Do you wish you could extend the "fresh vegetable concept" of summer throughout the year by growing your vegetables year-round. Well, you can, and it is much easier than you think. It is an age-old concept borrowed from the French, called the "potager" or literally translated "soup garden".
In France, a potager may be very formal and considered a jewel on an estate or situated on the succinctly elaborate grounds of a chateau. A potager may also be very humble, next to a small farmhouse in the countryside, by railroad tacks in the suburbs, or in urban plots outside a nearby town. Wherever they are located or however they are designed, they have been a foundation for French food culture, and the French tradition of eating seasonal fresh foods.
A potager is a French-style kitchen garden composed mainly of seasonal vegetables and herbs. A potager may also include a few fruit trees, and even seasonal flowers. The sole purpose of a potager is to provide a year-round supply of fresh daily produce for a family or a small group of people. It is usually a small and manageable plot of 10' x 10', or 9' x 12' in size.
A potager is divided up into plots that are individually managed and rotated as the seasons unfold each year. It requires some planning, management, knowledge of your specific growing seasons, and knowledge of what you are growing, on your part to be successful with a potager.
In America, generally speaking, our traditional backyard vegetable garden consists of planting the garden in the spring, reaping fresh produce over the summer, and sometimes utilizing the abundance of the harvest by freezing or preserving for use over the winter, or for another time.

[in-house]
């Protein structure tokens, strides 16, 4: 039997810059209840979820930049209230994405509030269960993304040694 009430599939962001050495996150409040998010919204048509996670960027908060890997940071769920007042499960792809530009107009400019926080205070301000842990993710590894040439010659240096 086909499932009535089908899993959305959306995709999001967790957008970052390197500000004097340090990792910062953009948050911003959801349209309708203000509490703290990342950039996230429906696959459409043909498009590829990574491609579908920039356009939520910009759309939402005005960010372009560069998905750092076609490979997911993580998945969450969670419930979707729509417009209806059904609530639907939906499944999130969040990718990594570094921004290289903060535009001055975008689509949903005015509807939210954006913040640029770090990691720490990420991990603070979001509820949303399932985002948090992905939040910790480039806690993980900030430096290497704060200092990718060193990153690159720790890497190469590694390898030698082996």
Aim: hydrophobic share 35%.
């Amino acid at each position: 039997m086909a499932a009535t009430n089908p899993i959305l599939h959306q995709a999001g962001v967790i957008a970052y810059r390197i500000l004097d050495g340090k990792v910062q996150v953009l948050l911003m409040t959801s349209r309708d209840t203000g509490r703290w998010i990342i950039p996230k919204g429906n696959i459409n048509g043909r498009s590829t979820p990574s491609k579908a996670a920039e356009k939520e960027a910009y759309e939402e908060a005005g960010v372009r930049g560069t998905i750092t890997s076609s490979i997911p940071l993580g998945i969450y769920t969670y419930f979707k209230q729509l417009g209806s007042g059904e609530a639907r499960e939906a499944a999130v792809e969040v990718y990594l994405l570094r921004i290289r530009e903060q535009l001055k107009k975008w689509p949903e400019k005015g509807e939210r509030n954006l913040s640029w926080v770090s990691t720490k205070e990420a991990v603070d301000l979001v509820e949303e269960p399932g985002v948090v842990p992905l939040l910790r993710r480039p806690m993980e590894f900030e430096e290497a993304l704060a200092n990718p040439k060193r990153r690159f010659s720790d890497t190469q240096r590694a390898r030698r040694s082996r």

Americans, unlike the French and other Europeans, do not normally have a vegetable garden year-round. This might be changing now. One of the hottest food trends today is "growing your own vegetables". Gardeners such as yourself, want to keep the "fresh produce concept" alive after the summer has waned. We all know that fresh strawberries out of a morning garden for breakfast, or fresh green beans harvested still warm from the sun, are a delight to the senses and incomparable.
We are also being influenced by active local organic farms supplying restaurants and farmer's markets with new and exciting types of produce to explore and enjoy. Their underlying message is "eat locally".
This is an introduction to the concept of the "potager". Follow along as I discuss further the elements of the potager, how to implement a potager, how to manage, and what you might want to plant throughout the four seasons in your potager. For a related post on vegetable gardening basics at VintageGardenGal see, 7 Basic Steps of Successful Vegetable Gardening.
Do you have a potager now? Where did you first see a potager? What is your motivation for vegetable gardening year-round?